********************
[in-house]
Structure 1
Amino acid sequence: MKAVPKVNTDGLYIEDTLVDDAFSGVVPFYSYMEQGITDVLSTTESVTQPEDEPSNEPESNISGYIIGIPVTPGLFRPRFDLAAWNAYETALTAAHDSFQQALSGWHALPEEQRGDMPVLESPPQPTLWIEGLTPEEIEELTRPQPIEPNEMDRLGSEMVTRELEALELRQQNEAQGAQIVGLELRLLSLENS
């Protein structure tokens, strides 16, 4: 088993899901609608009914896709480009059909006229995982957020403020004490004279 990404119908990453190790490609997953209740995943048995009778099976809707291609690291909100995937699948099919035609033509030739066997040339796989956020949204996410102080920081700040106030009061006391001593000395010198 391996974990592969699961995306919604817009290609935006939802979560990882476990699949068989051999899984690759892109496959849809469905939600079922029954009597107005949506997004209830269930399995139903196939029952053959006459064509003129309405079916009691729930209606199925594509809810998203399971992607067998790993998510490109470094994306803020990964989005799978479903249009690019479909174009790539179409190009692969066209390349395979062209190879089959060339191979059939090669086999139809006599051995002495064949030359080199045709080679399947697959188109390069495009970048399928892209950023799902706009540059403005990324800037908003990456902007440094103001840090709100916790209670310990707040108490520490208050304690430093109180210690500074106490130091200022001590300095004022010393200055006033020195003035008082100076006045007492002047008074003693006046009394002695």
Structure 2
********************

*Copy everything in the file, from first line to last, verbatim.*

[in-house]
Structure 1
Amino acid sequence: MKAVPKVNTDGLYIEDTLVDDAFSGVVPFYSYMEQGITDVLSTTESVTQPEDEPSNEPESNISGYIIGIPVTPGLFRPRFDLAAWNAYETALTAAHDSFQQALSGWHALPEEQRGDMPVLESPPQPTLWIEGLTPEEIEELTRPQPIEPNEMDRLGSEMVTRELEALELRQQNEAQGAQIVGLELRLLSLENS
């Protein structure tokens, strides 16, 4: 088993899901609608009914896709480009059909006229995982957020403020004490004279 990404119908990453190790490609997953209740995943048995009778099976809707291609690291909100995937699948099919035609033509030739066997040339796989956020949204996410102080920081700040106030009061006391001593000395010198 391996974990592969699961995306919604817009290609935006939802979560990882476990699949068989051999899984690759892109496959849809469905939600079922029954009597107005949506997004209830269930399995139903196939029952053959006459064509003129309405079916009691729930209606199925594509809810998203399971992607067998790993998510490109470094994306803020990964989005799978479903249009690019479909174009790539179409190009692969066209390349395979062209190879089959060339191979059939090669086999139809006599051995002495064949030359080199045709080679399947697959188109390069495009970048399928892209950023799902706009540059403005990324800037908003990456902007440094103001840090709100916790209670310990707040108490520490208050304690430093109180210690500074106490130091200022001590300095004022010393200055006033020195003035008082100076006045007492002047008074003693006046009394002695």
Structure 2